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Who Will Survive Temptation Table?

Memories of a mean middle school game offer Observer columnist Mike Cavaliere perspective on parenting.

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  • | 7:35 a.m. February 29, 2024
The Indian Trails Middle School cafeteria, circa 1998-2001, was the site of so much hi jinx for friends Simon Brown, Will Rockey and Mike Cavaliere.
The Indian Trails Middle School cafeteria, circa 1998-2001, was the site of so much hi jinx for friends Simon Brown, Will Rockey and Mike Cavaliere.
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At age 11 — next summer, she’ll be “almost 13,” she’d want you to know — my stepdaughter, Charlotte, is finally old enough to bully her parents.

“Your butt is squishy,” she tells my wife, who tries to take it as a compliment.

Then she gets me in her sights: “Is your forehead so big because you’re losing your hair?”

Mike Cavaliere

Her attacks are sometimes sneakier. Last week, she begged us to watch a movie then, once we agreed, she set out on a Napoleonic-like campaign to ruin said movie by relentlessly repeating “bruh” throughout it, anytime something “weird,” such as dialogue or action, occurred onscreen.

It was a blitzkrieg of “bruhs.” A bombardment. Our spirits were quickly broken.

But we had this coming. Like death and taxes, the karmic onslaught known as Parenting is one of life’s few certainties. In our youth, we unknowingly sowed nuclear seeds, and now, honest farmers that we are, we reap radioactive fruit, the kind that grows eyes, a mouth and an attitude — all the better to sneer at you with whenever you do something “cringe,” like make a dinner that’s not chicken nuggets.

We were no angels.

Eighth grade, Indian Trails Middle School, 2000: My friends and I weren’t yet farmers. We were terrorists, and we hated grownups most of all: the way they flaunted their freedom — to drive, say “no,” stay up past 8. To hit ‘em where it hurts, Will and I once perforated a fresh cantaloup with blow darts in his parents’ living room. Simon and I once pushed a swivel chair down his parents’ staircase, cratering a hole in the drywall at the foot of the steps.

But we were equal-opportunity crusaders. If no adults were available, we happily terrorized each other.

“The name of the game is Temptation Table!” I announced to my classmates in the cafeteria. The rules were simple: Everyday, write a friend’s name on a piece of paper. You get the most votes, you’re gone. Find a new lunch table, bruh.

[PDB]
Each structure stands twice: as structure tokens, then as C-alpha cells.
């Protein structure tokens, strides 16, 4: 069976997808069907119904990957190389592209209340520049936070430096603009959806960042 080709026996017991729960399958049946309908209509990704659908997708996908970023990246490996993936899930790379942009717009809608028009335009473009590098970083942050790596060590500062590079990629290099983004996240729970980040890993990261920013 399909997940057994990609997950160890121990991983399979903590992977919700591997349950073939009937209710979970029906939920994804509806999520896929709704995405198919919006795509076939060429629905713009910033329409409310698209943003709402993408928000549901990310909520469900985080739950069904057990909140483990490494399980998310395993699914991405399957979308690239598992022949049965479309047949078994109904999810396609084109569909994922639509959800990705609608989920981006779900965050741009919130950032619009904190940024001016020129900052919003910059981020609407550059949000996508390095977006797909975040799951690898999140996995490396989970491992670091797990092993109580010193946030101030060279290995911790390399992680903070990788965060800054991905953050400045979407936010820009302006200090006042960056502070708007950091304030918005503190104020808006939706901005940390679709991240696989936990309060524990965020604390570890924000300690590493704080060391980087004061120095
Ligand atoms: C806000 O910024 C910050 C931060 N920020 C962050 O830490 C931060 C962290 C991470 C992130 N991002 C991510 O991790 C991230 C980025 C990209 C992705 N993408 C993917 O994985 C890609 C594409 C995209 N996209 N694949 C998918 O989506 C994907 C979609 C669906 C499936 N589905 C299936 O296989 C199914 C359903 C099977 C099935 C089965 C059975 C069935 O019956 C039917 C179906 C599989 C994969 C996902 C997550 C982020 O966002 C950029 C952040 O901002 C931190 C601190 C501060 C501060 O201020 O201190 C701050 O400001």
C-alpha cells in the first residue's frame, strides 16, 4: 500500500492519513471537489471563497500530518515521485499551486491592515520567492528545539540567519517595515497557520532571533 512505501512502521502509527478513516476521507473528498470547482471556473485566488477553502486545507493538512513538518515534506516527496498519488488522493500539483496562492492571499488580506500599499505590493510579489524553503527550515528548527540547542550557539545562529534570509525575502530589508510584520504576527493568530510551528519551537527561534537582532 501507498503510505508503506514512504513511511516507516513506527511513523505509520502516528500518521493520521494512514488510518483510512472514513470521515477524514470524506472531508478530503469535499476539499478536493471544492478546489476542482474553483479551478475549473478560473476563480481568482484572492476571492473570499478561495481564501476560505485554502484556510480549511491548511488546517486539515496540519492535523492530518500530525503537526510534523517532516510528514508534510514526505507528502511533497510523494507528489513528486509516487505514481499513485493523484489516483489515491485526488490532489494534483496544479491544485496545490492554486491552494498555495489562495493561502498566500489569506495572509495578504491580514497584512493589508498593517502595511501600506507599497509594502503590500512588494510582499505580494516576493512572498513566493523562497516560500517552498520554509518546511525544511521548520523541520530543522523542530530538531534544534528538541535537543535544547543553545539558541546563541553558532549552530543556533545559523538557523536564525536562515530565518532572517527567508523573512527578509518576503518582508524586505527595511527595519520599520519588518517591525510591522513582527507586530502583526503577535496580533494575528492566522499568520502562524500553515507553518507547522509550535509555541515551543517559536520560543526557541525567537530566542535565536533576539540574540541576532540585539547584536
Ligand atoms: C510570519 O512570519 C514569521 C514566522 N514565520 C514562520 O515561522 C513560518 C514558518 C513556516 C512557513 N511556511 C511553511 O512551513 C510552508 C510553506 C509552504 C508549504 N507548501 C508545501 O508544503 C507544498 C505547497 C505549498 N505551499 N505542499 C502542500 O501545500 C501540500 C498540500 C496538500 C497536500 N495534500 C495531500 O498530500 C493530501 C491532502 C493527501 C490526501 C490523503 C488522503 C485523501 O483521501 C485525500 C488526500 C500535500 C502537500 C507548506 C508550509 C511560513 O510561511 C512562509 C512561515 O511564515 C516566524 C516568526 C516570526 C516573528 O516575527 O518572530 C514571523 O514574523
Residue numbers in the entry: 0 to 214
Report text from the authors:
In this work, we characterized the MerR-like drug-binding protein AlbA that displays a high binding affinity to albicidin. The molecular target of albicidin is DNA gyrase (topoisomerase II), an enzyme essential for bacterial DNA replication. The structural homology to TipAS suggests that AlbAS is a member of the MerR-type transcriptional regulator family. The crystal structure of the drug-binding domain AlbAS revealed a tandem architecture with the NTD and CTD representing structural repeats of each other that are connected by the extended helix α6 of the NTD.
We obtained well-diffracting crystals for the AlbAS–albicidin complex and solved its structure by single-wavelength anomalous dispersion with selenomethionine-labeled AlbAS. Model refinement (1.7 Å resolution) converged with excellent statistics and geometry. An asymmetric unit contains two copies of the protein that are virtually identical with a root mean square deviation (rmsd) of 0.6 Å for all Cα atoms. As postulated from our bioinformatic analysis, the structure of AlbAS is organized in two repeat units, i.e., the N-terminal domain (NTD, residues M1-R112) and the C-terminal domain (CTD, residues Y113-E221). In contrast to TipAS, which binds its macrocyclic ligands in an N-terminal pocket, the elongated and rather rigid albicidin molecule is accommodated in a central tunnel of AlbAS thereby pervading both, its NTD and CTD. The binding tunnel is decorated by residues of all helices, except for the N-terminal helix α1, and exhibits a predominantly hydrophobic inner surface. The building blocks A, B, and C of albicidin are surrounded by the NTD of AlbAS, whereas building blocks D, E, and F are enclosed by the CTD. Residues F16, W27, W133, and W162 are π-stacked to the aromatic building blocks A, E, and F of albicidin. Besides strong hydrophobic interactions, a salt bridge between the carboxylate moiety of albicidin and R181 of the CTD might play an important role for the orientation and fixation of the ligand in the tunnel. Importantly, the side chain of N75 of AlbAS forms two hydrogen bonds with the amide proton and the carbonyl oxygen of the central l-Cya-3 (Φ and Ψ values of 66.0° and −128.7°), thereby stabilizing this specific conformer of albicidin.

We were inspired by “Temptation Island,” a new realty TV program that was part dating show, part “Survivor,” all lust, desperation and rejection — which, coincidentally, are the three words I’d use to describe the whole of my childhood.

“You are the weakest link!” we’d happily tell each day’s loser, borrowing from other realty shows as needed to twist the knife. “Goodbye!”

Then this schlub would slink away to sit alone, and the rest of us would laugh and laugh — until the next day, that is, when it was time to vote again, banish another friend again, until just one of us remained — one 13-year-old to rule them all.

None of us saw this as bullying, though. Remember: We were still just radioactive fruit, products of our parents’ mistakes, unaware of our place in this cosmic cycle.

Around this time, we started launching full Dasani bottles down the length of the cafeteria table. We’d rear back then slide the bottles rocket-fast past our classmates’ Styrofoam lunch trays, or maybe into them, blasting their food into their laps or knocking their milk cartons over to glug-glug onto the tabletop. As we threw each one, we’d howl, “MISS-ILE!” (pronounced: miss-eye-ull), then dreamily crunch into our Dunkaroos, sure that life would always be this simple.

“IsThat … your … finalAn-saw?” I asked as Regis Philbin when it was my turn to count Temptation Table votes. I peeked at the name scrawled on the first slip of paper:

“mIKe,” it read.

I’d survived weeks so far, but Will and Simon were stiff competition. Both were funny and well-liked and had dogs to play with during sleepovers. All I had at home was my collection of Pez dispensers.

This did not bode well.

Another slip: another “MIKE.”

Uh oh.

“This game is stupid anyway,” I probably told them then, stopping the count to suggest that sitting together is actually way more fun. And let’s oppose bullying, guys. And let’s be inclusive. Be the change we want to see. And let’s start today!

In the silence that followed, I likely cleared my throat.

“I mean … um, who’s up for another miss-ile?”

Mike Cavaliere is the author of The Humorist: Adventures in Adulting & Horror Movies, available now.


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